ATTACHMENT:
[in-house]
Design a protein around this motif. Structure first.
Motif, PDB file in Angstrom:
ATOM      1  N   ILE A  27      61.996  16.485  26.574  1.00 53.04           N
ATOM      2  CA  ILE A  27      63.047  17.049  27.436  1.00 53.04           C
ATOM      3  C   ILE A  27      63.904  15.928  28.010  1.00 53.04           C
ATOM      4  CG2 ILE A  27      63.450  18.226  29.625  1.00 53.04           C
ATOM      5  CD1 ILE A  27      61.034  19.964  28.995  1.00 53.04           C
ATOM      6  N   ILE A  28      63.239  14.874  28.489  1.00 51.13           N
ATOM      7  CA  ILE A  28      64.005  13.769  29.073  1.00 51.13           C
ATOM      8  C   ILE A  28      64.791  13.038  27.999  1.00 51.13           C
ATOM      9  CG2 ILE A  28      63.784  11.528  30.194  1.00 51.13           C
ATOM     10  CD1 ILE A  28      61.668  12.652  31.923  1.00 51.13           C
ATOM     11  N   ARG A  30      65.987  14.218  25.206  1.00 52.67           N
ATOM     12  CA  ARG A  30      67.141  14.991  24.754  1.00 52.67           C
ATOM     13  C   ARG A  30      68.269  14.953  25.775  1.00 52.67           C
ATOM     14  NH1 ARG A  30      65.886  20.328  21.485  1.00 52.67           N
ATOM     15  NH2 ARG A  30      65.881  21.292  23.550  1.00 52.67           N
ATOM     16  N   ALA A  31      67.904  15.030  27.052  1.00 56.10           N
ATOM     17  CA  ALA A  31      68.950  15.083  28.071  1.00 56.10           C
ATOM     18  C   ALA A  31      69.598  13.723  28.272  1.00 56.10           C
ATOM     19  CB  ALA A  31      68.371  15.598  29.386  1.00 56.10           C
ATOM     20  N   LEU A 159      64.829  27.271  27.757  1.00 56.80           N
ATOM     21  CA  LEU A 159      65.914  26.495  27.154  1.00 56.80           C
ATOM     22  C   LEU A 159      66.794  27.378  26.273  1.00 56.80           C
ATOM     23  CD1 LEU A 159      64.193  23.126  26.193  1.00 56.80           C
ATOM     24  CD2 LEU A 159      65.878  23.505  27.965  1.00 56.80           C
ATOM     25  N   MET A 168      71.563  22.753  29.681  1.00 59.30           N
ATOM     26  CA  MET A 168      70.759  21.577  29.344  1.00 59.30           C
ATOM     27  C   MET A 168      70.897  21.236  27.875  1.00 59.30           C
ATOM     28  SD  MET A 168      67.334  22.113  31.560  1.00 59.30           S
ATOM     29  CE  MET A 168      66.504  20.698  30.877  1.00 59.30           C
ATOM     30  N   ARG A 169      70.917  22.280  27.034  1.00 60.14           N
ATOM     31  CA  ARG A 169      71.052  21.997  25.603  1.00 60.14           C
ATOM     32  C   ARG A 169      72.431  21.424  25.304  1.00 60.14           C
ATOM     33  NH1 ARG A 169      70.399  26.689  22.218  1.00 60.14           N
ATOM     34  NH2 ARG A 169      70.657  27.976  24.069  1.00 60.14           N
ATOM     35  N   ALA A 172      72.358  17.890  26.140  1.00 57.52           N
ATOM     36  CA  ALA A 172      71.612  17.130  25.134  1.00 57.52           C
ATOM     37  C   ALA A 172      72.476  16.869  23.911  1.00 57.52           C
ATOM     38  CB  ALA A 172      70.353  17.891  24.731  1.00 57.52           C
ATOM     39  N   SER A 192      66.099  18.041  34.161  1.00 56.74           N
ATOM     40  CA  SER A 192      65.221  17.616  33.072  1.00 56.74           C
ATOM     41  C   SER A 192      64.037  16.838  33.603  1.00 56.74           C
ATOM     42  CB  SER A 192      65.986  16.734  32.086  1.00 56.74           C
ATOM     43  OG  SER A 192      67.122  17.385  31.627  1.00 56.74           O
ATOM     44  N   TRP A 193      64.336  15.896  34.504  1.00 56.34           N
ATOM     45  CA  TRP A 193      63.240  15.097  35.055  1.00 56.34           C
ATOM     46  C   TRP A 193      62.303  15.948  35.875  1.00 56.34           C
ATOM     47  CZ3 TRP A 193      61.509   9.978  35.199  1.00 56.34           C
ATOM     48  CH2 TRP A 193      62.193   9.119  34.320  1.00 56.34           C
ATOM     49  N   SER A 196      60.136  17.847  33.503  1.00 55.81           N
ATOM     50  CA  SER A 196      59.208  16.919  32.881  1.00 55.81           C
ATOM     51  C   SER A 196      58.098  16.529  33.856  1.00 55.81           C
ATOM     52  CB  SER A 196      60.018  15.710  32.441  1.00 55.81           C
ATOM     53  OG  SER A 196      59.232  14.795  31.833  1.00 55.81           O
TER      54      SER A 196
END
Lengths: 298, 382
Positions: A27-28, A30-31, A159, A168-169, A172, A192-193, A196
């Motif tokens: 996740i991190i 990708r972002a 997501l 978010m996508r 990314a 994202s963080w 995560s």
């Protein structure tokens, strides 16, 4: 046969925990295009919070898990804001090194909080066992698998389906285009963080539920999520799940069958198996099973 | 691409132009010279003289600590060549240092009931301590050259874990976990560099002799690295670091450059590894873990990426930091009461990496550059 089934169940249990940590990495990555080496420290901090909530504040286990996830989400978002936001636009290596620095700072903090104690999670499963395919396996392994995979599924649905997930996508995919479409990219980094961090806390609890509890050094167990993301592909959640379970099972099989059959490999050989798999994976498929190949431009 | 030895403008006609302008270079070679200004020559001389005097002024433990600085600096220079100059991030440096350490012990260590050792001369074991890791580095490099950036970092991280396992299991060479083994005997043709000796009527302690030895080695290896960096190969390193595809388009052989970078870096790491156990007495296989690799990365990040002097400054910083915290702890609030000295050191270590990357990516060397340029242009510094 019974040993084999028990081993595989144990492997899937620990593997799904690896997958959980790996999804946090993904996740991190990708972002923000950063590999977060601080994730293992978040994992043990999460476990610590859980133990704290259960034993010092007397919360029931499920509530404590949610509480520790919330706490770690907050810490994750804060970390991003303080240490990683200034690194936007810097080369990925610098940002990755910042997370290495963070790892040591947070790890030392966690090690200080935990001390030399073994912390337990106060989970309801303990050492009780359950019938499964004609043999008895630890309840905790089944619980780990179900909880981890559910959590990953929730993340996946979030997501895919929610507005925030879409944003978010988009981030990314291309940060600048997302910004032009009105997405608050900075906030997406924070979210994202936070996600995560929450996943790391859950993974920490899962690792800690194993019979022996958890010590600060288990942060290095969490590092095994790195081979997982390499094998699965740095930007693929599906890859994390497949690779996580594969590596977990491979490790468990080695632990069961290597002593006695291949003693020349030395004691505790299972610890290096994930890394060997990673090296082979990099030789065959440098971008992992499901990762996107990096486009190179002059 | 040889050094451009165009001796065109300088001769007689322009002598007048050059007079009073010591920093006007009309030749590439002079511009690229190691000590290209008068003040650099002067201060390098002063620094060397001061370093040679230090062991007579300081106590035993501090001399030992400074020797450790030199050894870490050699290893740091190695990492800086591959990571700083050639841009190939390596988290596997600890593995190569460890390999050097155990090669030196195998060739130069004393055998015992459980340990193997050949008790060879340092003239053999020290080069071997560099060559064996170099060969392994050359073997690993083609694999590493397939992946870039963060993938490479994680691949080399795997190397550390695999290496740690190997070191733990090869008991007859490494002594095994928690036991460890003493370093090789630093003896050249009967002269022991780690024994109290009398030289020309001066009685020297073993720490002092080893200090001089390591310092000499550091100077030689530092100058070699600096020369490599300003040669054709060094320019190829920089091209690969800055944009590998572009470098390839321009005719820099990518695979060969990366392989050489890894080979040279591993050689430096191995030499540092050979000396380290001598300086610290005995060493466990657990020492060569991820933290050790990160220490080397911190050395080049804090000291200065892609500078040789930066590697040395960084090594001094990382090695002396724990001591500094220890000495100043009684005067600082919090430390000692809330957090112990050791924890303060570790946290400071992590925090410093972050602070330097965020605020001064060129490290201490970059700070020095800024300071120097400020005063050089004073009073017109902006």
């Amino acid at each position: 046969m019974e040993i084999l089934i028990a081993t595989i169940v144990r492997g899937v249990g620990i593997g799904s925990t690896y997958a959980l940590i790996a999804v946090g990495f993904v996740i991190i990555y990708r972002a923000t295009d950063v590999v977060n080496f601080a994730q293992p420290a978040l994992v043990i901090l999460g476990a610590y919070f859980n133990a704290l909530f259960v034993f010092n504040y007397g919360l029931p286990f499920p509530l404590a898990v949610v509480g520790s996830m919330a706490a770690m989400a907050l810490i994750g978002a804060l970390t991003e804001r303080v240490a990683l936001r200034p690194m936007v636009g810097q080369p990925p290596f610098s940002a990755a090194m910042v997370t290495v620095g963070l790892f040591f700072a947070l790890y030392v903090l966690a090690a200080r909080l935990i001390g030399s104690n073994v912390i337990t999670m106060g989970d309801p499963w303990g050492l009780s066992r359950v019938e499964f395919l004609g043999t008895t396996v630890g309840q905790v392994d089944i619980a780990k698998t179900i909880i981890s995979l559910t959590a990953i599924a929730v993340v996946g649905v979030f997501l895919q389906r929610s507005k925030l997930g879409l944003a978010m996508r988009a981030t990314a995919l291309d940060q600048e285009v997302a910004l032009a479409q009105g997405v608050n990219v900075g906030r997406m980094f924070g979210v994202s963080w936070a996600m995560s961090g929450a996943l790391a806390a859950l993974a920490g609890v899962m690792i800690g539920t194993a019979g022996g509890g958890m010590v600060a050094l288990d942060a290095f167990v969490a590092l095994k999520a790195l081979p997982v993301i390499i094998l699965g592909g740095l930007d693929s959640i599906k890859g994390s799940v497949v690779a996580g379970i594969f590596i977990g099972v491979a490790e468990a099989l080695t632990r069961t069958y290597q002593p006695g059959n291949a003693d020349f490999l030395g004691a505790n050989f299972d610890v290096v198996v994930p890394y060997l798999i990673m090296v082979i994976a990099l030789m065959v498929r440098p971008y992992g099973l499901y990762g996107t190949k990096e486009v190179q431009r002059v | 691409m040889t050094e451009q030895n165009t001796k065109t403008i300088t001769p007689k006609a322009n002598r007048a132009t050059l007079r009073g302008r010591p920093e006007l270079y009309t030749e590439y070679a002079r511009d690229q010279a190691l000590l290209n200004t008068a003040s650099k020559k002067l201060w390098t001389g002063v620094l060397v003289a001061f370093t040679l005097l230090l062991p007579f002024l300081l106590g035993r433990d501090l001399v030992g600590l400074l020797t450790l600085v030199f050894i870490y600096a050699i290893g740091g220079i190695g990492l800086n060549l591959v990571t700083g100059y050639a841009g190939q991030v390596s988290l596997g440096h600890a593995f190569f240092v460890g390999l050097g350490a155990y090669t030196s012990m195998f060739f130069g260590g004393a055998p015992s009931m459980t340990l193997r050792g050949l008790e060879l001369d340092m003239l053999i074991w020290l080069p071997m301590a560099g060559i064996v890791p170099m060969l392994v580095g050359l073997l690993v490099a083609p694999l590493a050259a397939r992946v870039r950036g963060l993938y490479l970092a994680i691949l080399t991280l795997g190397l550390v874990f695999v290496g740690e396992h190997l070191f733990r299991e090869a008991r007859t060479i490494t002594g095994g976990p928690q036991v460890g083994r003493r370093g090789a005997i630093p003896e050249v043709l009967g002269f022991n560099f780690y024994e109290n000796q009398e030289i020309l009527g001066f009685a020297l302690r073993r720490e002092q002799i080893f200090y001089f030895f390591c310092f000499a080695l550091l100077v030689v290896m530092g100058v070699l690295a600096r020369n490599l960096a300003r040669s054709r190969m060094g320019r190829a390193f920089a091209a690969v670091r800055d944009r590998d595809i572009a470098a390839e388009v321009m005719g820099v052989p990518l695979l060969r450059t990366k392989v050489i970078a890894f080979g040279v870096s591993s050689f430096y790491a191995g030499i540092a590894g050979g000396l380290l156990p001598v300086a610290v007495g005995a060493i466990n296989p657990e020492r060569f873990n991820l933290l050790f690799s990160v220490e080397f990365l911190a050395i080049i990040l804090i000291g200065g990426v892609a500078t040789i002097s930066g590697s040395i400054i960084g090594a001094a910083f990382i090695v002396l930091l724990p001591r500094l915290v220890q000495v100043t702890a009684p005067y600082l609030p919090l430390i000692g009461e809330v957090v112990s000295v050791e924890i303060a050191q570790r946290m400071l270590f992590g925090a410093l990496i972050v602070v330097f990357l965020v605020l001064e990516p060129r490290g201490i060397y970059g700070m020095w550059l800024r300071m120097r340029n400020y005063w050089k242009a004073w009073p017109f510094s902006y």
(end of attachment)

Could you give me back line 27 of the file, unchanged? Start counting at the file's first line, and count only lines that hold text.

ATOM     24  CD2 LEU A 159      65.878  23.505  27.965  1.00 56.80           C